Therefore, barring injury or having set quite a lofty standard in year one, the overall trend for Calder winning forwards / rookie scoring leaders since the lockout is a bump in overall production in year two.
This brings us now to Landeskog. First, it’s important to note that out of all the forwards who have won the Calder or led all rookies in scoring since the lockout, Landeskog had the lowest point total with 52 (22 G, 30 A); in fact, in their rookie seasons, Ovechkin had as many goals & Malkin had as many assists as Landeskog had points (and Kane barely missed that total in his own right with 51 assists). Furthermore, there are few people who doubt the fact that if Ryan Nugent-Hopkins had played a full season, he would have ran away with the rookie scoring title, and quite likely the Calder as well. RNH put up 52 points in 62 games, and was in line to top 70 points prior to his injury. Even Adam Henrique of the Devils averaged more points per game than Landeskog, falling 1 point short in 8 fewer games played. All this to say that perhaps the offensive expectations for Landeskog going into year two may be lesser than those placed on the more dynamic players of recent years.
What Landeskog does have going for him is this beautiful blend of talent and tenacity that gives him the potential to produce, game in and game out. To go along with his 52 points, Landeskog ranked 1st among all rookies in shots with 270 (15th overall), a full 86 ahead of Ottawa’s Colin Greening. If he’s able to keep firing the puck and raise his shooting percentage by even 2%, he could be in line for 25-27 or even 30 goals this year. What’s also impressive about Landeskog is his ability to separate his opponent from the puck by way of bone crunching hits, of which he dished out 219 (2nd among all rookies, 19th overall). This willingness to take the body allows for a dangerous forecheck that can increase scoring chances for the Avs. What stands out even more is that Landeskog led all rookies in total ice time, clocking almost a full 200 minutes more than the next, ranking 1st in even strength situations, 3rd in PP TOI and 5th in SH TOI. What this demonstrates is that Coach Sacco is not afraid to throw Landeskog out on the ice in any number of situations, a trust that will only grow with time, providing more opportunities for production along the way.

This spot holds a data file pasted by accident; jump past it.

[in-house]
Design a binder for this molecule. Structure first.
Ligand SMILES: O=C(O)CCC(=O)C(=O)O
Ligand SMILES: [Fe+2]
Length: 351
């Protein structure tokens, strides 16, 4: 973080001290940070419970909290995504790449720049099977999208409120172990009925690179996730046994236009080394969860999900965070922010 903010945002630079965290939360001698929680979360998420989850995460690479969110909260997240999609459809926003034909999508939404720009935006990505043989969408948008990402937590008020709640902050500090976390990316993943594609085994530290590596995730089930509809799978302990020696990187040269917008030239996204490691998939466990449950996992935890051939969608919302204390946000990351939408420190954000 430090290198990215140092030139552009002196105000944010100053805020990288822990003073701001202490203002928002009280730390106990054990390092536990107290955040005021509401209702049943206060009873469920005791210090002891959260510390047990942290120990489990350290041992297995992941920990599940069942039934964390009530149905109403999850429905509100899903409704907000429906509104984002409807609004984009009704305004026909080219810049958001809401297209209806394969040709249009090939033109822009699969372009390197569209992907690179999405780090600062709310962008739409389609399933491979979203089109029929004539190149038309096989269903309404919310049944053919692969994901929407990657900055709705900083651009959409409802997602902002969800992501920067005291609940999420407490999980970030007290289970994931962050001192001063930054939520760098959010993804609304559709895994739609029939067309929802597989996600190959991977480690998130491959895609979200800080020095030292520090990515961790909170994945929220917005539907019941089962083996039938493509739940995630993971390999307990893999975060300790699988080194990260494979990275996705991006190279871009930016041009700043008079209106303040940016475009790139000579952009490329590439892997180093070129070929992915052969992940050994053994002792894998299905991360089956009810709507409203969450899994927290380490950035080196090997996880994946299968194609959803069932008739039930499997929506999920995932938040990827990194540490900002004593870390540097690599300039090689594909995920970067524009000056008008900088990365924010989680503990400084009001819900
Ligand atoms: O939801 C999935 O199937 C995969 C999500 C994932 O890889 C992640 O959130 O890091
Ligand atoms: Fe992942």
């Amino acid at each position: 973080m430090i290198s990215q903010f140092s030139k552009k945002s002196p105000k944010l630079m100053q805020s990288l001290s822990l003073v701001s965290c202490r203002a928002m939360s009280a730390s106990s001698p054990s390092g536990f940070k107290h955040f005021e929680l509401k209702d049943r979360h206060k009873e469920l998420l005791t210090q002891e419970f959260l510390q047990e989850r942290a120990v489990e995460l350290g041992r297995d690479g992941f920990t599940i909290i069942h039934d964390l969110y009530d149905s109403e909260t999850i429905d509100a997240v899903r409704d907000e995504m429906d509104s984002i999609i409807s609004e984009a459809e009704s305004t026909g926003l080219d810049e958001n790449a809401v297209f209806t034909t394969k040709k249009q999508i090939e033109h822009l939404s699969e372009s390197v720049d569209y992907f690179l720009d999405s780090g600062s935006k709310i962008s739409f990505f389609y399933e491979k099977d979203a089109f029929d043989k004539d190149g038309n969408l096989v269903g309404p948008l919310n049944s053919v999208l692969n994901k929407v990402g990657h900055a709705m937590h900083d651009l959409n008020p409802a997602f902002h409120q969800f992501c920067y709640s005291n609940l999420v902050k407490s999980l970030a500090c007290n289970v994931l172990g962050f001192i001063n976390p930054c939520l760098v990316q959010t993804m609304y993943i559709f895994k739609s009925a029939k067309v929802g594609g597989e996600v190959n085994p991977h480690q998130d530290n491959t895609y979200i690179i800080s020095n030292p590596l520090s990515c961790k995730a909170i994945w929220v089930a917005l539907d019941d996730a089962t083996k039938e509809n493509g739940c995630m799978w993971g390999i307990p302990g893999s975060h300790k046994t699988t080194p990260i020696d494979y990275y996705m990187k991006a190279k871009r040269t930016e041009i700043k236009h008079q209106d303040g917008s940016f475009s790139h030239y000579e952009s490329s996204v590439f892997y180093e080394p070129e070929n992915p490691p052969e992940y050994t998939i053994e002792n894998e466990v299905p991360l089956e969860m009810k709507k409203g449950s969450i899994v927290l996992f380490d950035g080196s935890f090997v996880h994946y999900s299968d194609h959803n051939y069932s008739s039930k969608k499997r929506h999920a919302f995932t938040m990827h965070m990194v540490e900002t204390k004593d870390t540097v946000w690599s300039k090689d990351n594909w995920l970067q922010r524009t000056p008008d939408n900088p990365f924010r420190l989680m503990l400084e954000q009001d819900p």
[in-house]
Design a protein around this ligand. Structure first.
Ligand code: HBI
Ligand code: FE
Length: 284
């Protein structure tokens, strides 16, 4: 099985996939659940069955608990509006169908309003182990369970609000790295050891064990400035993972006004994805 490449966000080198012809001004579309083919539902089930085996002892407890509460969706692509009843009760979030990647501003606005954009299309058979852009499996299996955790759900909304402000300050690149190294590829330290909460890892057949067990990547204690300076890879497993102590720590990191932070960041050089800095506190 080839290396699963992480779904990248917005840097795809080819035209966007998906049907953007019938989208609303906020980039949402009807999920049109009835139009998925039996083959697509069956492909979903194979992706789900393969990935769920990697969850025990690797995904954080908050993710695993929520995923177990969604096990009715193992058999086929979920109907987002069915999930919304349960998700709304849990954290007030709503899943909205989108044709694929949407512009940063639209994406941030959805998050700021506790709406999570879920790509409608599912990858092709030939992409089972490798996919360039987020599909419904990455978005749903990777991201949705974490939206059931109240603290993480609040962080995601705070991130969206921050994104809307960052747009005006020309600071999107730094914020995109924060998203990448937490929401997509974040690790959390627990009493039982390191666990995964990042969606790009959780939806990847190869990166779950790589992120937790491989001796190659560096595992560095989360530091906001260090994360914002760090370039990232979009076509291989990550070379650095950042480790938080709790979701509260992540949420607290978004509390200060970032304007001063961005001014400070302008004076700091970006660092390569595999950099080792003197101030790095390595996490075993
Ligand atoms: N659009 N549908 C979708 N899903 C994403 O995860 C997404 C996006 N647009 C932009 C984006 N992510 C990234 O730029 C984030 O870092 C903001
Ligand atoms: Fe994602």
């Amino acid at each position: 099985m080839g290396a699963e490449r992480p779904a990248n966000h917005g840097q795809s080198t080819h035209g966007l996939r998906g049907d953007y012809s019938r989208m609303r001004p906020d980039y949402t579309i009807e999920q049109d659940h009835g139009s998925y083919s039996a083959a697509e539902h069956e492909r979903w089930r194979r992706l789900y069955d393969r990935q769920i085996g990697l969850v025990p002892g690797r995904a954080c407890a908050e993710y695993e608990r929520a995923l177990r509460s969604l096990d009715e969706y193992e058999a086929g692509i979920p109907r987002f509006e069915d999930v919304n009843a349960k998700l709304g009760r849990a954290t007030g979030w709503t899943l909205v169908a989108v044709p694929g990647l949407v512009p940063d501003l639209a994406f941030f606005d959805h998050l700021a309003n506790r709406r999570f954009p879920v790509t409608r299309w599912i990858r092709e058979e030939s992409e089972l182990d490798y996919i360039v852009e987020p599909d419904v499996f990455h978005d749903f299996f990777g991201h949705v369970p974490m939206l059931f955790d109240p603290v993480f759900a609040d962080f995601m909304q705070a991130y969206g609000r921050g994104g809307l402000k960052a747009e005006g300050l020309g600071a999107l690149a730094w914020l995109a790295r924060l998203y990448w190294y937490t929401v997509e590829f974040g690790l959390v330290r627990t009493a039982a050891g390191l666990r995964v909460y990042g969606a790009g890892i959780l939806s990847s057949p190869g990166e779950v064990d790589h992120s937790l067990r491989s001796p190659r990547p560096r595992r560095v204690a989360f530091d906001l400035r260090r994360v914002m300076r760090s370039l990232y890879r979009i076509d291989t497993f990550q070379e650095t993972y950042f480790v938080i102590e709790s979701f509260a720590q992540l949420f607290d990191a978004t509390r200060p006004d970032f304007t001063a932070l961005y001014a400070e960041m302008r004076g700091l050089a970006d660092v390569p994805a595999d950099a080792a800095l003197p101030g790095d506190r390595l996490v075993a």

In short, based on how other top rookies have fared in their second years, Landeskog’s blend of offense & physicality, and the fact that his numbers were relatively modest for a Calder winner, Landeskog should surpass his point totals from a year ago. In my mind, Landeskog could very well post something along the lines of 27-33-60, and reaching 30 goals is not out of the question should he continue to fire the puck on the regular while also managing to raise his shooting percentage by a few percentage points. It’s also worth noting that Landeskog’s ability to succeed is contingent on the continued development of the other members of the Avs young core, and a bounce back year from the likes of Duchene & Stastny would help him out immensely. Any way you slice it, Landeskog possesses all the necessary tools to build on a solid rookie season, and the Avs will continue to count on his all around game as they attempt to qualify for the playoffs.
Of course, words and projections can only go so far. So for your viewing pleasure, here’s a video highlighting some of Landeskog’s big moments from 2011-12.